“If impeachment were merely a matter of elimination, the argument for jurisdiction in the Belknap case could easily be cleared against a hearing on the matter. However, the Senate majority rightly held that impeachment had historically been extended to former officials such as Warren Hastings. As Edmund Burke has shown, impeachment serves a public value when it comes to addressing behaviors that conflict with the core values of a society. At a time of loss of confidence in the integrity of the government, the conduct of a former official may call for a political response. This impeachment response may be more important than a legal prosecution response. Regardless of the outcome, the Belknap process looked at the underlying behavior and confirmed the Core Principles at a time when confidence in the government was waning. Without such a process, Belknap’s rush to resign would have been able to prevent any political corrective action to counter the damage to the system caused by his behavior. Even if the only punishment is disqualification from future office, the open presentation of evidence and witnesses is exactly the element that was missing from colonial impeachments. Such a process has a political value that runs vertically in response to the public and horizontally as a deterrent to the executive branch. “
My Duke article can be fairly quoted for this view in order to support arguments for retrospective testing. These attempts clearly mean that impeachment was not viewed as just a matter of removal. The officers were already gone. It is also unassailable that such retroactive impeachments have taken place in the past. After all, there is no question that an official resigning could rule out political corrective action. None of this has changed, in my opinion, and I have addressed these points in the current controversy.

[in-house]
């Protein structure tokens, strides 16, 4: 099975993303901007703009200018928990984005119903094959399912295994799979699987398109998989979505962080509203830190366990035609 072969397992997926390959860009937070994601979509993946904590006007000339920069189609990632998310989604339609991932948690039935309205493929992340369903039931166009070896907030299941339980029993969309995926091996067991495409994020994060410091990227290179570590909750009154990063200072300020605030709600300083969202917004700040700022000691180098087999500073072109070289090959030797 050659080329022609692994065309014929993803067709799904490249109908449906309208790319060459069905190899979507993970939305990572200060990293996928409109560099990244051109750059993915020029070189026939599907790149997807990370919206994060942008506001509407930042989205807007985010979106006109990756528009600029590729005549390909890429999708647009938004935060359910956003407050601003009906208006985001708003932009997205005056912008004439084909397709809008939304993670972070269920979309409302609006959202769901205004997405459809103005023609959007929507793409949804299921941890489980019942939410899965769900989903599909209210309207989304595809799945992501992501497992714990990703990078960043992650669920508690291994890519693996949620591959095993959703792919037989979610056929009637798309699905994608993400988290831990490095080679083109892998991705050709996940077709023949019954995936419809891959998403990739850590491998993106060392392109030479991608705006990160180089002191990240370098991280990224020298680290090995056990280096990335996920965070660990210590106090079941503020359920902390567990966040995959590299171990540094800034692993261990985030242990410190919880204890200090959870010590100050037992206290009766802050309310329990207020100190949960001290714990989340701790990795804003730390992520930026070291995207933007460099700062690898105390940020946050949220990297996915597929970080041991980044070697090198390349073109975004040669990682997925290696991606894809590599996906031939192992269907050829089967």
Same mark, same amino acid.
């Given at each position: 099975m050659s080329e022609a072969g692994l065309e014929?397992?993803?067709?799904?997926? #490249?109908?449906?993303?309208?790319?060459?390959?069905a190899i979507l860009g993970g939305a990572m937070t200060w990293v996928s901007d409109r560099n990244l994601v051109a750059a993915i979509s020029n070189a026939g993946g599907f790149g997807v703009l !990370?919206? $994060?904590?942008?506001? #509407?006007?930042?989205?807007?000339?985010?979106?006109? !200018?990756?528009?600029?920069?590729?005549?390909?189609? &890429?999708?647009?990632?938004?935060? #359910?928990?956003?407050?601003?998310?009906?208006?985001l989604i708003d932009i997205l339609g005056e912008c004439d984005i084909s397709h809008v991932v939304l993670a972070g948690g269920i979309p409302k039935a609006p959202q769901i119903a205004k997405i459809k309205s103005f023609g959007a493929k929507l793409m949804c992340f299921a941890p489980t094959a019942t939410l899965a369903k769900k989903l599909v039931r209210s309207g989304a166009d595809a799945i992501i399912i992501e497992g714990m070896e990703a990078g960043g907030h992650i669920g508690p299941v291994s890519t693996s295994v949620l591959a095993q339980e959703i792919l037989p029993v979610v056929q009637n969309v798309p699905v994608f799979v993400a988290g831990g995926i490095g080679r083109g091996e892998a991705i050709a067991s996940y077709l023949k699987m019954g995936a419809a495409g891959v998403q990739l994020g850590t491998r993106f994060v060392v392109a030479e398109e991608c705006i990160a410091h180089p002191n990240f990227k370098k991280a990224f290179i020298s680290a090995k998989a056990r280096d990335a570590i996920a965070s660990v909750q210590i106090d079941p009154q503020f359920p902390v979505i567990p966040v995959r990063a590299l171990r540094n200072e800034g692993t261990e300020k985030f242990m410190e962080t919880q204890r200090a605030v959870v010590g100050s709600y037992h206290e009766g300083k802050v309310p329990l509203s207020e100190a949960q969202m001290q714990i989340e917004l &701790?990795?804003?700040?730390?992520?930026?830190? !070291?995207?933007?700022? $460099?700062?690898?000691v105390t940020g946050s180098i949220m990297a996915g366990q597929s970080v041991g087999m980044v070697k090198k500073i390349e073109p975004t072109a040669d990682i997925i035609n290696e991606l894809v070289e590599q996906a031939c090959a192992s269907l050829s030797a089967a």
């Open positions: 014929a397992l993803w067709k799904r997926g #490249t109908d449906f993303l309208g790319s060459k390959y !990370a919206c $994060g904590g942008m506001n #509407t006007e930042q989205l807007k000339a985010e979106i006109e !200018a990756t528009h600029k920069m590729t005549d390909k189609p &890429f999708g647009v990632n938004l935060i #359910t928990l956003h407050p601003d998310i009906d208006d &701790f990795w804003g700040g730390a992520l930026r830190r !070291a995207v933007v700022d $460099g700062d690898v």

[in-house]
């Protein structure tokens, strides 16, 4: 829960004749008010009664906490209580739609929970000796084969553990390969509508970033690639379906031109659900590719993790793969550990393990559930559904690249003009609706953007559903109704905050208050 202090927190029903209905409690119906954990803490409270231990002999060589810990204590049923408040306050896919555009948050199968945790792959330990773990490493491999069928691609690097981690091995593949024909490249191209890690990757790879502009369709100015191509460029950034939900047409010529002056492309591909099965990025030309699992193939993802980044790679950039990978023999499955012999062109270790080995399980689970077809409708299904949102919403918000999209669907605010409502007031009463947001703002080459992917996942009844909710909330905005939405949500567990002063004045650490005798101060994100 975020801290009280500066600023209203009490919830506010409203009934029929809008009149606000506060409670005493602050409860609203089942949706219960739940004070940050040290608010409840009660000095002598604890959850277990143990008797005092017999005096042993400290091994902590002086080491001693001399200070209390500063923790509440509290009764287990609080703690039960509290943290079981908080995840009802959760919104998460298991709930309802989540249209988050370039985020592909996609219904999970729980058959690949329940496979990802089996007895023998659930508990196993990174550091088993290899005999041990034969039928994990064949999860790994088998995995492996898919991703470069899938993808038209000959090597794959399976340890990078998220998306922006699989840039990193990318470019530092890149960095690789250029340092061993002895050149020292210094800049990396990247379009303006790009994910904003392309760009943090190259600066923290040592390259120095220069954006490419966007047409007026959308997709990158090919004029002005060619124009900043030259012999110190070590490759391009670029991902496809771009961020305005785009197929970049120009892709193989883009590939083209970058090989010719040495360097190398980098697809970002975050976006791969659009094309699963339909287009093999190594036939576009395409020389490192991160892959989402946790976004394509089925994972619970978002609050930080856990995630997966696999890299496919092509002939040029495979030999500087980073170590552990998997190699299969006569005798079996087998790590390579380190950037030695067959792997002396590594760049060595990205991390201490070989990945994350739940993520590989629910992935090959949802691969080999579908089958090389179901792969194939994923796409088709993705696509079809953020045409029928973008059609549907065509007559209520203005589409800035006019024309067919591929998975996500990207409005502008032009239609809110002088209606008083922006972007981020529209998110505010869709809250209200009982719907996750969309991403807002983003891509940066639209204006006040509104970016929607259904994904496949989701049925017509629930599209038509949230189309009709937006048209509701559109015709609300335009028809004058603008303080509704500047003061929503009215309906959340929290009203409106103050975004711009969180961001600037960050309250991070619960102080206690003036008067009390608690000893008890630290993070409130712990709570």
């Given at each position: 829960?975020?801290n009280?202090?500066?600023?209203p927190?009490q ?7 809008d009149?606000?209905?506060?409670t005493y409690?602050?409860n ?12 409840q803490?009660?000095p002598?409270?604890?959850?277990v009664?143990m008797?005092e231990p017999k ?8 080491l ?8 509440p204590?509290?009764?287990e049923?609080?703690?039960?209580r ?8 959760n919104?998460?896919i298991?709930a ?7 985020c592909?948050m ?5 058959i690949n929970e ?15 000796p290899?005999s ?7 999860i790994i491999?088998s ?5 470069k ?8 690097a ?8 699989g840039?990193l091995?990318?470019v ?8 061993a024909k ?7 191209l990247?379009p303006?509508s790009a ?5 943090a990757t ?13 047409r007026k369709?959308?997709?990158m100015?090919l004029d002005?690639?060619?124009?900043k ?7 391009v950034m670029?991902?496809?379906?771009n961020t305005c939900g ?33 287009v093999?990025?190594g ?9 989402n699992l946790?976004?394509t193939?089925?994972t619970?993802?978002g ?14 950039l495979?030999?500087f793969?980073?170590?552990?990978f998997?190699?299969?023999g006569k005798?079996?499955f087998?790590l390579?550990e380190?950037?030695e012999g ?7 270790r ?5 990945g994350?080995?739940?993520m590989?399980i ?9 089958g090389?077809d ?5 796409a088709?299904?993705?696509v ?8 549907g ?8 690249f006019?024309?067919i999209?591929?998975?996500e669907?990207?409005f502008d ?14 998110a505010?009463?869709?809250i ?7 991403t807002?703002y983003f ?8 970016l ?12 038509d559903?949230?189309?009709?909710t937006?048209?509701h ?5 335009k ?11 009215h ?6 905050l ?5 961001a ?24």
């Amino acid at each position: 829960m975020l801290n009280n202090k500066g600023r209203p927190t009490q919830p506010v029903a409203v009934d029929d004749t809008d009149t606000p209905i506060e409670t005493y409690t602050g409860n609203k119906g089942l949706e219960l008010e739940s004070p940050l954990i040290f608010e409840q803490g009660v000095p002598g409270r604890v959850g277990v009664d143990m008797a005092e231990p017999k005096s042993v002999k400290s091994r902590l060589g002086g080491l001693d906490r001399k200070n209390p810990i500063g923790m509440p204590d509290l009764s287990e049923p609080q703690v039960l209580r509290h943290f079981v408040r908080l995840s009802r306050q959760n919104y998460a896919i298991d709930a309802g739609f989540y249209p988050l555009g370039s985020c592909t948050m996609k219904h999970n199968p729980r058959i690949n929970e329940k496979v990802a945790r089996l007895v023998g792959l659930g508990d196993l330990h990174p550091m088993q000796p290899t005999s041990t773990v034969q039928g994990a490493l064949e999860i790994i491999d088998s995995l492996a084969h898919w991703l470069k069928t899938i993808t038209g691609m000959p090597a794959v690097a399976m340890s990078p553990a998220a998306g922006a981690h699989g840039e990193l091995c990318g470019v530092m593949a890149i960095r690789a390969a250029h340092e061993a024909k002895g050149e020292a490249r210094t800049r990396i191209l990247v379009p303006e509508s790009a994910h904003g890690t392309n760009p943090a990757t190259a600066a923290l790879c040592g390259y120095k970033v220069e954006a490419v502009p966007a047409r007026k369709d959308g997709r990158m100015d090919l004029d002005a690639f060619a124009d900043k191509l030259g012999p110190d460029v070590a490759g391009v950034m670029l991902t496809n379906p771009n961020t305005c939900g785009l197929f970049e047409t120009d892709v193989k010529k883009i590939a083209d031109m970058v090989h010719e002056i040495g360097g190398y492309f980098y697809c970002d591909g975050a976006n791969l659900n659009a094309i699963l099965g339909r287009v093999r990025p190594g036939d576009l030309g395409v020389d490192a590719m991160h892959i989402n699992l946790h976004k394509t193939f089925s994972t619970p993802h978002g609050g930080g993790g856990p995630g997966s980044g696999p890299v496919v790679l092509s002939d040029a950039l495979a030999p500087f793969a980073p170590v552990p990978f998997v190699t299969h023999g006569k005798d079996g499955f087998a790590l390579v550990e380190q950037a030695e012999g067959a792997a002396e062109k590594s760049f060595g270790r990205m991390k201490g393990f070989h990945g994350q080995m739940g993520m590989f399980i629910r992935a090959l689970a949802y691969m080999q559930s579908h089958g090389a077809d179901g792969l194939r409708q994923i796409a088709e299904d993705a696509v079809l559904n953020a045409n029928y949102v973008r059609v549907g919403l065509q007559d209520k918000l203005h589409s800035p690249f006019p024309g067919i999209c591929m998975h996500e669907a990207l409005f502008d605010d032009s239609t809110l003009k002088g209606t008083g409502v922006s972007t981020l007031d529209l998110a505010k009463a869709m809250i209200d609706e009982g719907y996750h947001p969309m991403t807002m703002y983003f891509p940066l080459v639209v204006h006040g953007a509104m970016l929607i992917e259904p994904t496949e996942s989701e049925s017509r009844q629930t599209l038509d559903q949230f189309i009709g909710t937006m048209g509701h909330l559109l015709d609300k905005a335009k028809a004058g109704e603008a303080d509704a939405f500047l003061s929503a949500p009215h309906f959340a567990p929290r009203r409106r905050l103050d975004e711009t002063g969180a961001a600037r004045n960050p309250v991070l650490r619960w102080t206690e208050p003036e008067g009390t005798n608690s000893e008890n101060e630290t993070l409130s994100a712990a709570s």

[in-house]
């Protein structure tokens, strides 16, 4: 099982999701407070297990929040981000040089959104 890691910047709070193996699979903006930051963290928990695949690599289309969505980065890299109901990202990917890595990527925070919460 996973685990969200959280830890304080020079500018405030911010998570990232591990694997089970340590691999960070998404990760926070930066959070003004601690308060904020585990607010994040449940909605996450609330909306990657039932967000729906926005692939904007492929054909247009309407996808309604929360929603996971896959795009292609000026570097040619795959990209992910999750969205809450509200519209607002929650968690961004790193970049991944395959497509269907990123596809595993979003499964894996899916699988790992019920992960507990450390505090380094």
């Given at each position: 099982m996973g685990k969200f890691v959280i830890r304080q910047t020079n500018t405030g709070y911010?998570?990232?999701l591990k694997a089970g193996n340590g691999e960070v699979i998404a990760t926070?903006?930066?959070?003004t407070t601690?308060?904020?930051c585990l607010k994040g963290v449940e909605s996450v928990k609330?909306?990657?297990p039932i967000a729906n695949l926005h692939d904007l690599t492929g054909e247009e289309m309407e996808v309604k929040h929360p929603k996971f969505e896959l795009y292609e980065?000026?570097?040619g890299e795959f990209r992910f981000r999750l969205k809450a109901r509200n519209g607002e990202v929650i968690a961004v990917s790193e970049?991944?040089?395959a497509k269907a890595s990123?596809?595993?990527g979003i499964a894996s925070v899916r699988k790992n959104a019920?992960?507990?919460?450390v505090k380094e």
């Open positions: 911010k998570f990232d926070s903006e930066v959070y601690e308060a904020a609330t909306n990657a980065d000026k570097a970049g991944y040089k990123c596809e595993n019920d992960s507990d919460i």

In the last 30 years of the Scriptures, and later as a senior counsel in an impeachment trial, I have found that departures from the language of the Constitution have often resulted in greater risks and costs. In this sense, I’ve become more textual. I have discussed this trend in my writings for the past three decades. It doesn’t change my view of the importance of a major felony or misdemeanor. This is just a matter of the Senate’s jurisdiction. If I were to write the Duke play today, I would still argue that it shows how impeachment procedures serve this dialogical role, but that I would speak of the three out-of-the-way decisions in Blount (and the view of roughly half the Senate) agree in Belknap). It was historically legal, but I think it’s constitutionally not sound. That view against retroactive impeachments is reinforced by what we saw in the two Trump impeachments.
Therefore, I do not fault the property managers’ reliance on the Herzogstück to support the value of retrospective legal proceedings and the historical defense of such legal proceedings. I still believe that. However, my more textual views haven’t changed recently. I don’t think Rep. Neguse was deliberately misleading. I understand that he was referring to my recent papers on the impeachment of Trump. However, I wanted to correct the suggestion as untrue and find that my underlying views had changed years earlier.
Update: A recent article pointed out that my earlier reference to “drilldown” on the subject meant that I was in favor of a broader interpretation of constitutional language until a few weeks ago. The publication never asked for an explanation, but the suggestion is wrong. I said that in the second Trump impeachment, I gave an overview of the history and the implications for this particular topic. (“The Trump impeachments will force us to set new precedents for the implications of the process used in both impeachments. I’ve spent a lot of time looking at this over the past few weeks.”) I discussed how this was a close one The question was, how my longstanding views favored such a narrower interpretation. My objection to the property managers was the suggestion that a few weeks ago I changed my view of the interpretation of the Constitution just because I recently wrote about this specific controversy. My underlying interpretive views changed a long time ago.